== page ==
By Siv Hilde Houmb, IADC Cybersecurity Subcommittee Chair
Over the past several years, malicious malware has infiltrated hundreds of thousands of organizations, and the impacts have ranged from mild to severe disruptions. In every case, it had negative impacts on the ability to conduct everyday business.
Drilling contractors are no less susceptible to a cyber attack than any other industry. The reality is that rigs and the technology required to successfully drill holes deep within the earth are prime candidates for a cybersecurity incident. The risks are real. We need only to look at the recent Petya and WannaCry malware attacks that affected our industry. It is our responsibility to develop, invest in and implement cybersecurity requirements that protect against attacks that have the potential to paralyze operations.
In 2014, the IADC Advanced Rig Technology (ART) Committee established a Cybersecurity Workgroup under the Drilling Control Systems (DCS) Subcommittee because it understood that cybersecurity represented a clear threat. The workgroup became a Subcommittee in January 2016 and was tasked with developing solutions to this critical need. As the Chair of this group, I believe that IADC members are a leading voice on cybersecurity issues facing drilling contractors.
In 2016, IADC released Guidelines for Assessing and Managing Cybersecurity Risks to Drilling Assets. It offers drilling contractors a first step in improving their cybersecurity. Understanding the risks associated with each rig allows contractors to better develop a plan to become more secure.
This year and next, we are following up with five additional guideline documents: Guidelines for Minimum Cybersecurity Requirements for Drilling Assets (draft form already complete); Guidelines for Network Segmentation; Cybersecurity Training; Guidelines for Hardening of Control Systems Focusing on Existing Drilling Assets; and Guidelines for Security Monitoring and Audit.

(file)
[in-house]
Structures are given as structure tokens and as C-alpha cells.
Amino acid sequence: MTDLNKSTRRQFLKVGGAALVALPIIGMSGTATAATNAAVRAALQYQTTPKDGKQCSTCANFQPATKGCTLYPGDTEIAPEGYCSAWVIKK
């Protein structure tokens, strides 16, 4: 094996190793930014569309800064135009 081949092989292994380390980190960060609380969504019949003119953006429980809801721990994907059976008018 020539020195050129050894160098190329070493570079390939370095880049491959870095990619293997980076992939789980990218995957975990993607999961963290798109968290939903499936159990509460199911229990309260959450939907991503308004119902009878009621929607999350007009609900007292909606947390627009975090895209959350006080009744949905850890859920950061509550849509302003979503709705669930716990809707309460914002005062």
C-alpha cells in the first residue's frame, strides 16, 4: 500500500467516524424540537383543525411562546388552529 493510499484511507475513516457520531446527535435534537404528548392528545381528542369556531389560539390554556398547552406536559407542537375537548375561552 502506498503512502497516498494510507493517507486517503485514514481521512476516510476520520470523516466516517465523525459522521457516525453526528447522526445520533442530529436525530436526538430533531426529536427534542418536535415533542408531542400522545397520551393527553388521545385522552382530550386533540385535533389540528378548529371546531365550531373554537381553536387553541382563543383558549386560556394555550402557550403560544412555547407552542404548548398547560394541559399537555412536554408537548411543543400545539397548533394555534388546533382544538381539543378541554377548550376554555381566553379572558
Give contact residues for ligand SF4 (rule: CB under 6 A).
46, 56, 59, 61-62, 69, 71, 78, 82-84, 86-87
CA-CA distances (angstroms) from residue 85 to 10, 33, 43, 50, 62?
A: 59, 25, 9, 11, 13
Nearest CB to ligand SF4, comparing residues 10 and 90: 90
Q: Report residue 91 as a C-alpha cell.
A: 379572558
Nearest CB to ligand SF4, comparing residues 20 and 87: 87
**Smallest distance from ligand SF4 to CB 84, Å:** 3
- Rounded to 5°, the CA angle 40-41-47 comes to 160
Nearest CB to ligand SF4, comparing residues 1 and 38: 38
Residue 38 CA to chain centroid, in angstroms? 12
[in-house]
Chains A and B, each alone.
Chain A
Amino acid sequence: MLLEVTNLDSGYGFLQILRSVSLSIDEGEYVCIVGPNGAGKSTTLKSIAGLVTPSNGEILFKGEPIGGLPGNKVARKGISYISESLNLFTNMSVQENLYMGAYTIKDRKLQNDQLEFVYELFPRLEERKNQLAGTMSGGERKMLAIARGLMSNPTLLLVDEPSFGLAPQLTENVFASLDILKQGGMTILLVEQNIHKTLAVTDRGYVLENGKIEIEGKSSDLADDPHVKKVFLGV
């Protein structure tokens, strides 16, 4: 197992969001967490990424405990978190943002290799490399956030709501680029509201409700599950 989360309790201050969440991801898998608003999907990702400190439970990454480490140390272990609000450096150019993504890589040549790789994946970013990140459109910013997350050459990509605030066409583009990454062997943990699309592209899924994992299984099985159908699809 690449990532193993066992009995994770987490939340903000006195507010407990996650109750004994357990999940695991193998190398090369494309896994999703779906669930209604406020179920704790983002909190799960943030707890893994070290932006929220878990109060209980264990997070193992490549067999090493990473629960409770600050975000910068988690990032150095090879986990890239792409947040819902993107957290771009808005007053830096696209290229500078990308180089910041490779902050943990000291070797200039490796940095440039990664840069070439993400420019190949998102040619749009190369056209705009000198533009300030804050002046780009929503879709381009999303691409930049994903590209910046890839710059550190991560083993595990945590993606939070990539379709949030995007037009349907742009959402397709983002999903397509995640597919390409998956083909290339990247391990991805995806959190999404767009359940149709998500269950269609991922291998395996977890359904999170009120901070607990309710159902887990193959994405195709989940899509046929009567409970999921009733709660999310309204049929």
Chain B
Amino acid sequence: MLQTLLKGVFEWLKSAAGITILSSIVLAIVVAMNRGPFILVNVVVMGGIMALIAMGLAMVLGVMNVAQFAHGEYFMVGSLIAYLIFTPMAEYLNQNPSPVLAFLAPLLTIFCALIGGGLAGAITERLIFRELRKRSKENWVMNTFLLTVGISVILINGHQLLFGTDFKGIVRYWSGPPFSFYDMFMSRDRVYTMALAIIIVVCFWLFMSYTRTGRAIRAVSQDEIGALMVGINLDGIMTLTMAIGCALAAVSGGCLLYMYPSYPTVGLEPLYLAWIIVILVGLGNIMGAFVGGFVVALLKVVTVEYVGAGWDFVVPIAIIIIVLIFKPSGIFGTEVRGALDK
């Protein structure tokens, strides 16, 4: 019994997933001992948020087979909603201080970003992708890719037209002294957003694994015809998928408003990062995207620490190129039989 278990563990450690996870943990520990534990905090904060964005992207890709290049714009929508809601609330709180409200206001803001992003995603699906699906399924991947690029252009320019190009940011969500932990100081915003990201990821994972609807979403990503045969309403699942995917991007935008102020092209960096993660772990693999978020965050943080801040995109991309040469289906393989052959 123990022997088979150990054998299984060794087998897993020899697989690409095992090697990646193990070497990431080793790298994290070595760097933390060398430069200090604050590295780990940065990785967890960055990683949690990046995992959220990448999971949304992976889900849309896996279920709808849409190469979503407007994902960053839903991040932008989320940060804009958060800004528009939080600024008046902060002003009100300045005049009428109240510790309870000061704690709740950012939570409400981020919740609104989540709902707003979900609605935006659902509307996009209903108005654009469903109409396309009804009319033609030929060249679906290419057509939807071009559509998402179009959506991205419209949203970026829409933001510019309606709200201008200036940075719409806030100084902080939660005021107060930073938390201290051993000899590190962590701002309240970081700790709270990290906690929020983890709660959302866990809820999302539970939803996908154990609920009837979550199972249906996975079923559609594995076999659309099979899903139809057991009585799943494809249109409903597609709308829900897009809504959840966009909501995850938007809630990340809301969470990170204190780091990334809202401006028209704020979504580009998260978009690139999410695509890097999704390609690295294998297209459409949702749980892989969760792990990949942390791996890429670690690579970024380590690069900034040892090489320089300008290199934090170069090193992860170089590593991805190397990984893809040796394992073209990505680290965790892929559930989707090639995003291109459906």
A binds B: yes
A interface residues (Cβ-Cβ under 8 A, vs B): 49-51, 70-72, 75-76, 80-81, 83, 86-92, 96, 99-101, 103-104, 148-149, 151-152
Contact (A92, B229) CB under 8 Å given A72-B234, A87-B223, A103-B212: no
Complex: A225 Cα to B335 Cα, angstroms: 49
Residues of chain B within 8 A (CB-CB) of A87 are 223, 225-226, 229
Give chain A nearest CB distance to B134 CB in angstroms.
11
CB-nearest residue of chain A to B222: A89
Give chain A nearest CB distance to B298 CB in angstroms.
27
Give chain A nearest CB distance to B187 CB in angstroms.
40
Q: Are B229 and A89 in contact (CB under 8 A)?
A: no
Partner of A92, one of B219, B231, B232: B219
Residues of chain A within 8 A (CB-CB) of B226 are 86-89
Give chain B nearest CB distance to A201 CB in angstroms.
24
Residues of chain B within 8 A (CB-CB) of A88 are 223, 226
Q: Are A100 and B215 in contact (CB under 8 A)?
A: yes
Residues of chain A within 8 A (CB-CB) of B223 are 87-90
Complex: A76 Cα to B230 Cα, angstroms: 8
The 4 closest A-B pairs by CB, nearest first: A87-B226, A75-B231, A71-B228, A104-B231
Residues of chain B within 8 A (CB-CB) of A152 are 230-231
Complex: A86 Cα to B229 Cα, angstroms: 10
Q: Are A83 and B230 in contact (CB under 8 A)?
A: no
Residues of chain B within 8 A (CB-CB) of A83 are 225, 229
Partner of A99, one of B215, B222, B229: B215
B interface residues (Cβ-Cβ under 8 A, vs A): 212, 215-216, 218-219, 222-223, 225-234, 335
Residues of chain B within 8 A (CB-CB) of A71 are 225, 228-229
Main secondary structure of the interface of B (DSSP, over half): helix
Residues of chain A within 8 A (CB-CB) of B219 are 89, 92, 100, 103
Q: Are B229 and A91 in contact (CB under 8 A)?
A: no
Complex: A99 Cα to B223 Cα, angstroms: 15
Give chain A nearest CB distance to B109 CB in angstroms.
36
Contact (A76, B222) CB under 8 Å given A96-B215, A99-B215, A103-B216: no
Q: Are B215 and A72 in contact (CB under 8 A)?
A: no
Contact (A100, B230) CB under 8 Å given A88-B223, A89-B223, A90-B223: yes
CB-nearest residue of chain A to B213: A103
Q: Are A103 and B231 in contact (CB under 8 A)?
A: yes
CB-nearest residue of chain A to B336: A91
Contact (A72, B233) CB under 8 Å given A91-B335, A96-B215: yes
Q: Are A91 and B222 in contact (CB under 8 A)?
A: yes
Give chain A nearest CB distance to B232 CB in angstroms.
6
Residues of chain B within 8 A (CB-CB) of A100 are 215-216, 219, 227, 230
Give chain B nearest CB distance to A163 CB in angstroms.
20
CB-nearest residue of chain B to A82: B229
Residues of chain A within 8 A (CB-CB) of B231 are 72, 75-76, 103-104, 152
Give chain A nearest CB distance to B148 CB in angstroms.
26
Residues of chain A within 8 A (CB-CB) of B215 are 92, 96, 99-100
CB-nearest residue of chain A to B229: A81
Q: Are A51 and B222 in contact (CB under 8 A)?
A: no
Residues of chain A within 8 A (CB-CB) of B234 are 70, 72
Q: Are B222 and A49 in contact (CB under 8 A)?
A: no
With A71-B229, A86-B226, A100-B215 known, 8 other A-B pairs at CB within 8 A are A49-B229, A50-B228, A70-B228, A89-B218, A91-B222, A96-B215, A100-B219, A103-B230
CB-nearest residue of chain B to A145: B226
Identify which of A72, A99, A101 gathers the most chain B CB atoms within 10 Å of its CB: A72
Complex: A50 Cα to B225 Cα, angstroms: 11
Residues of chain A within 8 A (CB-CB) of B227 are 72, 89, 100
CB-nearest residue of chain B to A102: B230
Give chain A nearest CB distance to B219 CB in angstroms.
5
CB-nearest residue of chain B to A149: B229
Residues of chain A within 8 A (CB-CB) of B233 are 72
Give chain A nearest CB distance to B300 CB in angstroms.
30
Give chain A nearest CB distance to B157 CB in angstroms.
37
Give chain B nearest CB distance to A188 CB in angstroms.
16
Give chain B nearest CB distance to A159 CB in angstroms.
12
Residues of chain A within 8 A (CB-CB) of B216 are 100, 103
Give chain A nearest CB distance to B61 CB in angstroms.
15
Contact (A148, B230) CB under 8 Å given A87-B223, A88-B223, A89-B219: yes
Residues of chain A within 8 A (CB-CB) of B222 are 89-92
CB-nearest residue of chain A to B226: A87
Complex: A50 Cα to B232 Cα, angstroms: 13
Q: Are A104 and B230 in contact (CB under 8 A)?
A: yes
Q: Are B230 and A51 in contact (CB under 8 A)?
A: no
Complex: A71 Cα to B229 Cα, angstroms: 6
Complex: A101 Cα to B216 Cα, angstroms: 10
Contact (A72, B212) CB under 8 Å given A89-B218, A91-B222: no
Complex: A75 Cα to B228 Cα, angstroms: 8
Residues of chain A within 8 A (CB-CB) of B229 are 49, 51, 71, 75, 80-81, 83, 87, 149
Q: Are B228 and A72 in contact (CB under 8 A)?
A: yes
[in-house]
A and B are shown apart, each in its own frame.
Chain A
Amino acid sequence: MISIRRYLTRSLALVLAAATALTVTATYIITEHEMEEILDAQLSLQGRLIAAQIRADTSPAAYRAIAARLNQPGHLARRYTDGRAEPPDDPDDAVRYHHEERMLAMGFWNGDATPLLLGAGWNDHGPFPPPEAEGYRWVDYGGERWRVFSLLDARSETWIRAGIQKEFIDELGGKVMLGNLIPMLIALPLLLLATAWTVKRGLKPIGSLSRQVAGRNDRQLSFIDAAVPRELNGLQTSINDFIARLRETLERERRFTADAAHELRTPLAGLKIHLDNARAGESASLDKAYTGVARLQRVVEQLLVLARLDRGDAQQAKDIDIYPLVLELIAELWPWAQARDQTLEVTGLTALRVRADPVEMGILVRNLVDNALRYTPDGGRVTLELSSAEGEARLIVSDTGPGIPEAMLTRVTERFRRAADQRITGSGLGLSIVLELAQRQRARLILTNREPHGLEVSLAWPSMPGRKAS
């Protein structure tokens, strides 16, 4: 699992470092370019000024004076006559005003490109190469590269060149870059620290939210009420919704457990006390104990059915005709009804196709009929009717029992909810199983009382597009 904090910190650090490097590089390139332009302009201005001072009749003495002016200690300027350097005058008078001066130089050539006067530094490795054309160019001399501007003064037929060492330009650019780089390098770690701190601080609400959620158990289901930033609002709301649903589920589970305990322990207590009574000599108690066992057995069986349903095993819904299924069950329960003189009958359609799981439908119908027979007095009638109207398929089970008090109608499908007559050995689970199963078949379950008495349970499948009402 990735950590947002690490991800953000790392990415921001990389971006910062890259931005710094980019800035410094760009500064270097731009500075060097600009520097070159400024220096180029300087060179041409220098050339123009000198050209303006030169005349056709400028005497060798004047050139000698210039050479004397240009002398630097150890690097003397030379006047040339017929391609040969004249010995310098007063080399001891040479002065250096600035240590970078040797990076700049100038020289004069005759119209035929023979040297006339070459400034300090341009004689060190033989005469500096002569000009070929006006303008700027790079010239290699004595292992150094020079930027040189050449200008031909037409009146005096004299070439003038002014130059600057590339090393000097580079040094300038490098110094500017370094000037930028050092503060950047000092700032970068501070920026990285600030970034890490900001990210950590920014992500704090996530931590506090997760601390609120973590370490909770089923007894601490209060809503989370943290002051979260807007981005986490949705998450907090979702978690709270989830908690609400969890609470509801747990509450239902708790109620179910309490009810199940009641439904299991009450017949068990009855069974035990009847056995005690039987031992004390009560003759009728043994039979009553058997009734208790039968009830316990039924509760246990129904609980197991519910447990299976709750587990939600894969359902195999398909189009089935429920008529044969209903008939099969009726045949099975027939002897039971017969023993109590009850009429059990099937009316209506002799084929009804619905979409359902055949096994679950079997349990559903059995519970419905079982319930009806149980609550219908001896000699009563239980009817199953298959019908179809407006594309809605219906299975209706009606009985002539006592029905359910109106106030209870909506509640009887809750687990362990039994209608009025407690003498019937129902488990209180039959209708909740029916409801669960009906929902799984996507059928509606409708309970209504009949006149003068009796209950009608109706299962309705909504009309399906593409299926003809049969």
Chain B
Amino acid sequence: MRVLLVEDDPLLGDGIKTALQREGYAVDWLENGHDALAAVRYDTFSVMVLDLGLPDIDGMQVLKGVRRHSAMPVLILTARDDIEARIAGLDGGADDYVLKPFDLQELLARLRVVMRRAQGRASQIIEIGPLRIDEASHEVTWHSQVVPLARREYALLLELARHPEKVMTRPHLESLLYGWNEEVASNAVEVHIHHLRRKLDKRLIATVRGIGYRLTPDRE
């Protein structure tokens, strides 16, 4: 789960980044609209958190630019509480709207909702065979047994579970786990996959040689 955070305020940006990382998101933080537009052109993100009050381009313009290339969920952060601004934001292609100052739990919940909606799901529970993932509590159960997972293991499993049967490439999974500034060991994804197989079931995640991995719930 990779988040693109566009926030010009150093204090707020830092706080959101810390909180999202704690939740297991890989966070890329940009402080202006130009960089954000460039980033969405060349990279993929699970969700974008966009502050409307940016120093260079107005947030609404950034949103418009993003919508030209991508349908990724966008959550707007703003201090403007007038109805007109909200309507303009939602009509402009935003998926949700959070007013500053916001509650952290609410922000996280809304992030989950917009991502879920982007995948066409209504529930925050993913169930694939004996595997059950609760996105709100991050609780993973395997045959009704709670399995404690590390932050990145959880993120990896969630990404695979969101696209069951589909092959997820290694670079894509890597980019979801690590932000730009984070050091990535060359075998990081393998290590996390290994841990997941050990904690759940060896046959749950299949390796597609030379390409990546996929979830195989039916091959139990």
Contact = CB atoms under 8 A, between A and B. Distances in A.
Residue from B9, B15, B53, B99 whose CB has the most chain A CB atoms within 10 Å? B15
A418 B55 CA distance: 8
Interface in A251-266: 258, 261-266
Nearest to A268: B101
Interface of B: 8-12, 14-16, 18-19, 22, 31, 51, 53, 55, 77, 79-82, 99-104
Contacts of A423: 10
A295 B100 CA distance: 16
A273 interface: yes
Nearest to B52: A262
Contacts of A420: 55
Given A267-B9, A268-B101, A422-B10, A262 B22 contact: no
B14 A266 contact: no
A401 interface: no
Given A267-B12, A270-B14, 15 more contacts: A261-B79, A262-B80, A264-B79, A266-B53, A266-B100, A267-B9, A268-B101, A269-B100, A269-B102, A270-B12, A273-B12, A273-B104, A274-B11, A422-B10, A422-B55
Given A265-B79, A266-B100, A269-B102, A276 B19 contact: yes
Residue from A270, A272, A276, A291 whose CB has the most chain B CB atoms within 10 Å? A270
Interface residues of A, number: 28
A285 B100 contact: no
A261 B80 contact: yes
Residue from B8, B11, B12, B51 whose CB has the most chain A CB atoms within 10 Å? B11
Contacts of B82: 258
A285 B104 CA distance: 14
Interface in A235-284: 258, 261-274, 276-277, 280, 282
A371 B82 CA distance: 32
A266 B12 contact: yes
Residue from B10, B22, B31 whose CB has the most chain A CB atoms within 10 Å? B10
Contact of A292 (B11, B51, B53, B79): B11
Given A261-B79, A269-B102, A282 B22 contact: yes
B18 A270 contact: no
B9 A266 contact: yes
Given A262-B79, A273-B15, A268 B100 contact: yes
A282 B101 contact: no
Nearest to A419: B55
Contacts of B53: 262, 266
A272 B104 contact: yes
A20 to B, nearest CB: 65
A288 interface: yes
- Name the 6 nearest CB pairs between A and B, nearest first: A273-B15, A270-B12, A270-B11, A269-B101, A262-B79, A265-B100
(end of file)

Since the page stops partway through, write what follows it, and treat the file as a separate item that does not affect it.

It’s an ambitious slate, but we have a committee of engaged professionals who understand the threat and are committed to providing solutions.
Beyond the development of these guidelines, we are also working closely with other industry groups, like the Oil and Natural Gas Information Sharing and Analysis Center (ONG-ISAC), the American Petroleum Institute (API) and the International Association of Oil & Gas Producers (IOGP). The IADC subcommittee also monitors US and international standardization and regulatory activities, including those of the US Coast Guard and the International Maritime Organization (IMO). In August, six drilling contractors participated in a cyber-themed tabletop exercise organized by the Maritime and Port Security Information Sharing and Analysis Organization, the US Department of Homeland Security’s National Cyber Exercise and Planning Program and the US Coast Guard.
It is a certainty that regulations addressing cybersecurity concerns will eventually be implemented. Nobody understands our assets and how they work better than we do, and it is important that we have a voice with legislators and regulators on how best to implement cybersecurity to avoid incidents. It is prudent for our industry to have a strong voice while regulation efforts are still in their infancy. Through the work of the IADC Cybersecurity Subcommittee, we are paving the way for a strong collaboration and working relationship with regulators worldwide.
Arming a company against a cybersecurity attack is costly. The nature of economics in the industry has made it particularly difficult for drilling contractors to justify the expense of implementing a cybersecurity program. Unfortunately, the threat does not recognize industry downturns. Bad actors will target assets that are easily infiltrated. Thus, we must remain on high alert to guard our operations from malicious malware attacks.
I’ve had the opportunity to speak at industry conferences and events, and I believe that there is an overall sense of awareness of the vulnerability of our assets and a commitment to protect ourselves from cyber risks. The guidelines that the subcommittee has put together is a great start, as they provide drilling contractors with the building blocks to develop their own cybersecurity programs. Similarly, the inroads we are making with regulators are valuable for the future of cybersecurity and its implementation by drilling contractors.
We are at the beginning of a long journey. I encourage anyone who has an interest in working with the subcommittee to join us and help in shaping the future of our industry. DC